Jim: And he, you know, he – he did a lot of independent things. But here’s the blessing. And every mom is going to appreciate this. So, yesterday we – Jean and I were out of the house for a few hours. He went through, he cleaned the bed and bathroom that he had used. He did the linens. He did all – made the bed, filled the bird feeder out in the backyard, watered the lawns for me. All within about…
John T.: Oh.
Jim: …Four hours. And I didn’t know until, you know, he had left after hugging him because he was driving out as we were driving in. And it was probably the best gift he could have given, Jean for sure. She was just so like, “Oh, that was awesome. It all worked.”
John F.: (Laughter)
Jim: “Look, everything we’ve taught him has finally sunk in. He put it all together for the first time.”
Jim: But she was really blessed. And that was a great ending to our shelter-in-place experience with him.
John T.: Well, think about what just happened with Trent, guys. It wasn’t that all of a sudden, he got his act together. Really, it’s because all those years of what the Bible calls the “admonishment and nurturance of the Lord” that you guys did…
John T.: …Is paid off. And he was probably doing a lot of those things in his own apartment. But those – you were investing, investing, investing and now what he’s showing you is, thank you. It worked.
Jim: I got it. Right.
John T.: So, it’s many years of you guys being – I’ve got. I got it.
Jim: And he’s been telling us that, but we’re not always believing it. (Laughter)
John T.: Well – well – but – well, don’t drop by his apartment and surprise him. He might not…
Jim: But it’s just – that’s a good thing. And it is – it – John, it’s this thing that you and Dr. Cloud talk about. It’s letting go. And I think in the Christian community, particularly, it’s hard for us as moms and dads – that we’ve established a lot of boundaries, a lot of rules. You know, we go to church on Sunday. Of course, we tell the truth. We want to know how you’re doing. And heaven forbid something should go wrong, like drug addiction or alcohol addiction. But Christian parenting puts a lot of demands on kids and…
John T.: It does.
Jim: …You’ve got to be able at some point to say, “It’s yours.”
John T.: You do. Even within the confines. You know, when you look at the, uh – the research – most of what I study now is neuroscience because it bad it basically affirms that the Bible’s true. All the great studies about relationship and challenge and resilience and families, they basically said, “God had it right the first time with all the things that He does.” When you see it, it comes down, especially in this crisis with the kids coming home, two things that every parents got to grapple with. The first is relationship and the second is structure.
John T.: And the more mature your – your adult child is, the less structure you need. You said it at the beginning of the show, Jim. You went, “Well, we didn’t have a whole lot of rules.” Well, that means that Trent is mature enough that he’s internalized the structure so, you do not have to provide the external structure.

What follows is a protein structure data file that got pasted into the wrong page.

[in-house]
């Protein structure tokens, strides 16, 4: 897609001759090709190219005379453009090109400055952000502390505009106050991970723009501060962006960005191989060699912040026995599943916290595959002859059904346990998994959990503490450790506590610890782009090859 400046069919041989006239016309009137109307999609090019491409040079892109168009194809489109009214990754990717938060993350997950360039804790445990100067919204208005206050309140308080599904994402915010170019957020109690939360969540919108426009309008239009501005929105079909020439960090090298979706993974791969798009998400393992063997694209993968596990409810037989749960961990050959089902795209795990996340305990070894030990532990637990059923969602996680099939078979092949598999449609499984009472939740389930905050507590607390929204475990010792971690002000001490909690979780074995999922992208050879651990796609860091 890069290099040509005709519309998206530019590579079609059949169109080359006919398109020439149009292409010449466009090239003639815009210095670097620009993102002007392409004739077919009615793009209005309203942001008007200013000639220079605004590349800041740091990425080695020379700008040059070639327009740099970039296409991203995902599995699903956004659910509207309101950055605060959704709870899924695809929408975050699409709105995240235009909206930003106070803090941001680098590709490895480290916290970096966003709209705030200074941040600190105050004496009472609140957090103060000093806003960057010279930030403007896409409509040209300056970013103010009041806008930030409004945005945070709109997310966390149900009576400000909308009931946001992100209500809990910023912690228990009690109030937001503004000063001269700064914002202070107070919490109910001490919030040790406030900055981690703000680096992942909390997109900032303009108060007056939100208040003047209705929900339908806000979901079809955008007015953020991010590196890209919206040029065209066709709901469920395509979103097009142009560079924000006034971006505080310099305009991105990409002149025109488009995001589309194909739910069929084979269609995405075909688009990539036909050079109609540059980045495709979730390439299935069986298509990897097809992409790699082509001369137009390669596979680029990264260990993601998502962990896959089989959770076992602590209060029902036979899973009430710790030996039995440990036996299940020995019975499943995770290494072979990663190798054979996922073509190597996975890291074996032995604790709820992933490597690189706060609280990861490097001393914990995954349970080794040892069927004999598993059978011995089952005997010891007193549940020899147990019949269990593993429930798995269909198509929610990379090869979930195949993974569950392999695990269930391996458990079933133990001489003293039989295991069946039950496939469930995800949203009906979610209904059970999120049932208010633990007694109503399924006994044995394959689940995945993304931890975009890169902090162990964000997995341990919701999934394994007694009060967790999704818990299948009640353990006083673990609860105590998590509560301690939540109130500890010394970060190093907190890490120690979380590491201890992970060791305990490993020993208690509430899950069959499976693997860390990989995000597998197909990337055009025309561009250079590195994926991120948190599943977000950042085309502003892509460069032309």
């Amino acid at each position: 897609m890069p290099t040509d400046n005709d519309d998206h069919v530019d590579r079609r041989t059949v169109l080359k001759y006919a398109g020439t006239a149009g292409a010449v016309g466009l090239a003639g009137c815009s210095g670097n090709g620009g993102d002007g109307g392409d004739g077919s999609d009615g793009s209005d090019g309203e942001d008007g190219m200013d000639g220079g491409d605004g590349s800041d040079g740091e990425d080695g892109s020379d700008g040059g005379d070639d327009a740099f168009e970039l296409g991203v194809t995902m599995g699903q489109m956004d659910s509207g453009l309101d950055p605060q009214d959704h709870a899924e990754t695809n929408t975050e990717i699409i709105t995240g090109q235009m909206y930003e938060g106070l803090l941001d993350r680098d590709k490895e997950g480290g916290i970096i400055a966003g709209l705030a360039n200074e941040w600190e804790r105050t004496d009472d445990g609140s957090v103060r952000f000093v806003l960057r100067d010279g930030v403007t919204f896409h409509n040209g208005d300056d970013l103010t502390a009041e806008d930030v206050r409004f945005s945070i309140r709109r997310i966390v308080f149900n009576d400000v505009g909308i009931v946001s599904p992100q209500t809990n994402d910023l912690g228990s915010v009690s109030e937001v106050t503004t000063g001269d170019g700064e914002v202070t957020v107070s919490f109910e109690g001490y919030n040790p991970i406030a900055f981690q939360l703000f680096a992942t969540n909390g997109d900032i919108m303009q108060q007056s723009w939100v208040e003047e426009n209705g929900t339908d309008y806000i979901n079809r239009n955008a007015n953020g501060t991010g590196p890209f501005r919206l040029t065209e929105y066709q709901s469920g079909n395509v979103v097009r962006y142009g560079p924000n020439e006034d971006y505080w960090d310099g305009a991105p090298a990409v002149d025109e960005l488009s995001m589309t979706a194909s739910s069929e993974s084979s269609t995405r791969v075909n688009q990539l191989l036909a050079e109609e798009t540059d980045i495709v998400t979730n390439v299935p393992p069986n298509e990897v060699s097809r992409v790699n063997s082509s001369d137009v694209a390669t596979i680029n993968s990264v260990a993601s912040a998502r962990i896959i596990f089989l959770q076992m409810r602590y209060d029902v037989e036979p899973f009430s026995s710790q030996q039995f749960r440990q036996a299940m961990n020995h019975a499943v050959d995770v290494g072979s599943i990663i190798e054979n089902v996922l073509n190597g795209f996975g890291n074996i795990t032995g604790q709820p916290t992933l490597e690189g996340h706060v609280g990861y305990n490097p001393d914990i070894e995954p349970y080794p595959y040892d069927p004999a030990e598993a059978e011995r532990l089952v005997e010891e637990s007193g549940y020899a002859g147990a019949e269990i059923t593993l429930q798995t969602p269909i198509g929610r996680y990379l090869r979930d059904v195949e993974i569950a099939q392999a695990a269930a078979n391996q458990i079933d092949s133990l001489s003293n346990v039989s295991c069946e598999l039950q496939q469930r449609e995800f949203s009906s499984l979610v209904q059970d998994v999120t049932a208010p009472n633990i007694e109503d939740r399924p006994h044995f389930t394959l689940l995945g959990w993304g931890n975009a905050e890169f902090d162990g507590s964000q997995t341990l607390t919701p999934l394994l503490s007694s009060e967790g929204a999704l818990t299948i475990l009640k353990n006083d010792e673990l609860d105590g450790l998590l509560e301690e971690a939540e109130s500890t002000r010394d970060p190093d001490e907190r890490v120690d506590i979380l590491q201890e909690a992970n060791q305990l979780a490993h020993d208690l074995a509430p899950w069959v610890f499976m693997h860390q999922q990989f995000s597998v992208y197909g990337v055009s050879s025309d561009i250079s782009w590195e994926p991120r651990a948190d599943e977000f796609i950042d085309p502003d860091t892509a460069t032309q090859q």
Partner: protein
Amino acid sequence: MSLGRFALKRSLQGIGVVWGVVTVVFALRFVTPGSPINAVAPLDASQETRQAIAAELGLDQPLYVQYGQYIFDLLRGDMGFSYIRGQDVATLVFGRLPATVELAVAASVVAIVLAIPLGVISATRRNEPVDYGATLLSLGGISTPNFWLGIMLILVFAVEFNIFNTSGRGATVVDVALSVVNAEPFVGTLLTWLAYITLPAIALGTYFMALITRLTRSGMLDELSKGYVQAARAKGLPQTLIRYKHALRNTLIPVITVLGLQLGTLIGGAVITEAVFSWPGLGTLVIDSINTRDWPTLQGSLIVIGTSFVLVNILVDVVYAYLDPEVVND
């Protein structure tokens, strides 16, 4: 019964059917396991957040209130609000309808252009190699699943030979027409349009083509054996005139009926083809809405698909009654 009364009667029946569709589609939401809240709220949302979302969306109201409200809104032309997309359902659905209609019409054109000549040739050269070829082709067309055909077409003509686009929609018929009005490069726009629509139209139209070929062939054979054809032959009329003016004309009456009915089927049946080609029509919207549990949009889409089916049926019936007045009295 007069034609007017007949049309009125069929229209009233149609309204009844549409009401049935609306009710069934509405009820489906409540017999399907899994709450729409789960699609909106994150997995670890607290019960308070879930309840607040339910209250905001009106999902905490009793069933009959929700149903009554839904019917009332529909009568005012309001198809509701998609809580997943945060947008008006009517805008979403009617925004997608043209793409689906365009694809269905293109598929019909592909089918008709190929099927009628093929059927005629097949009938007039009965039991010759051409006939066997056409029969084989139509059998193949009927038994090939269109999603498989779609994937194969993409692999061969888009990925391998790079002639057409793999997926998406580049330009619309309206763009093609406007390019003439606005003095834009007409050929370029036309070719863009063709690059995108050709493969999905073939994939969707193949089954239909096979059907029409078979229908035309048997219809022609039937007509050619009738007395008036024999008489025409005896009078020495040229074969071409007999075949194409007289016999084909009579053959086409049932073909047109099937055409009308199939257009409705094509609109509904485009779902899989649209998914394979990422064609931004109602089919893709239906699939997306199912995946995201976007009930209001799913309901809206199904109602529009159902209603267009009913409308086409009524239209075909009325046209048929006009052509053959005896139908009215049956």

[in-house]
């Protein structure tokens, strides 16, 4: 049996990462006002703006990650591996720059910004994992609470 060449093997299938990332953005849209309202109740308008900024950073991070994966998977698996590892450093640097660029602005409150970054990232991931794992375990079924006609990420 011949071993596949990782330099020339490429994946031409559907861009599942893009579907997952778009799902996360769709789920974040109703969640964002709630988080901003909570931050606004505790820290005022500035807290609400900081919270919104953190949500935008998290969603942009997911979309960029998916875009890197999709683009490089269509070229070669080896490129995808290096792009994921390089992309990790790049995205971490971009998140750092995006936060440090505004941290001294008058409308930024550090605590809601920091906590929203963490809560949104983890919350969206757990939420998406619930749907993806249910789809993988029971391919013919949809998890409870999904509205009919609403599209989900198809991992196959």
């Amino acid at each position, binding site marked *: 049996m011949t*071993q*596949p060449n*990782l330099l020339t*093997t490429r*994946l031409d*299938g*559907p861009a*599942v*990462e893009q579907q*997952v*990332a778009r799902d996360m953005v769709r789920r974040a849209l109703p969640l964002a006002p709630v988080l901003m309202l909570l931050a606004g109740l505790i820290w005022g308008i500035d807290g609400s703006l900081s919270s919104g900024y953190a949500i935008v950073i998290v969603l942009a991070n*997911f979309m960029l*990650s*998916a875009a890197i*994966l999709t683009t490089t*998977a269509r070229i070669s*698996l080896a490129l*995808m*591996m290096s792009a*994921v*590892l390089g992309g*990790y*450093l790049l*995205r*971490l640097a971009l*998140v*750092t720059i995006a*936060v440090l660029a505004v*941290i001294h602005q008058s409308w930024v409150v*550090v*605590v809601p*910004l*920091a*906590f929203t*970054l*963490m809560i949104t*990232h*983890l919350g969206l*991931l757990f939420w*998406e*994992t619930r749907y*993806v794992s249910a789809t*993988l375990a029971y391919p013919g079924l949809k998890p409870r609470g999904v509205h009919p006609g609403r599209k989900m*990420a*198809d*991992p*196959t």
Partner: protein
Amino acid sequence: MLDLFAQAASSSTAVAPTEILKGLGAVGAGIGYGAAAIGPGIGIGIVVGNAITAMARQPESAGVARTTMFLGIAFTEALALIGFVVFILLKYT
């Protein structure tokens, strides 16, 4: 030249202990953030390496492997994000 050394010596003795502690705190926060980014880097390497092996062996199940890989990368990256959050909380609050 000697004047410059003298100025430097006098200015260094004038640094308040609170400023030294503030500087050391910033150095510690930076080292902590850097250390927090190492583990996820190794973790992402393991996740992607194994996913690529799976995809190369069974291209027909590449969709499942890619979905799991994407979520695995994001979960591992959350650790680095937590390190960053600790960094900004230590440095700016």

Jim: Yeah, it’s true.
John T.: If you have an adult child that doesn’t have a lot of structure – maybe they’re impulsive or they’re not organized or maybe immature. Then relationship is still there, but structure has to increase.
Jim: But, you know, John, what’s so hard and I’ll – again, I’ll use my own experience. And you know, we’ve had our issues. I don’t want people to say, “You know, it’s Jim Daly. Of course, everything went well.” No, we’ve had struggles, too. And that’s why Focus is here. Listen, we want to help you in your parenting journey, of course. And we’ve had to rely on that help as well and – but at the same time, there is this dynamic where probably when he was a junior, late in his junior year, and we talked to a counselor and we talked to them about how do we let go.
John T.: Hmm.
Jim: And it was hard for Jean particularly, but me, too. And how we opened our hand up and not ride him all the time. And I’m telling you, John, and I’d love your opinion about this. I mean, like, as soon as we did that, he turned toward us and began…
John T.: Right.
Jim: …To exhibit far better behavior and it was like it really was amazing. But that’s kind of what you guys talk about, right?
John T.: Absolute. One of the things we talk about in Boundaries a lot is that the scariest thing – like I wrote a book called Boundaries with Teens, talking about that passage of life and what you’ve got to have is you’ve got to start with love and then you got to say, “Here’s the truth. Here’s our ground rules.” And then you’ve got to give freedom to break the ground rules. Then you’ve got to have consequences if you break that. Well, if – of those four, the scariest one for a Christian parent is guess what? It’s freedom.
John T.: Wait a minute. You might do something wrong. You might act out and you say, “Yeah. Now, you don’t say to a 3-year-old, go play in traffic to have freedom.” That’s silly. You go out and save your child. But at a certain age where you’ve got to allow that child to break the boundaries, to experience the consequences of breaking them, follow through with reasonable boundaries and then they learn. And if they never had that freedom to sort of push against the rules, they’ve become what we call it in psychology an over-compliant child who grows up and blows up later in life.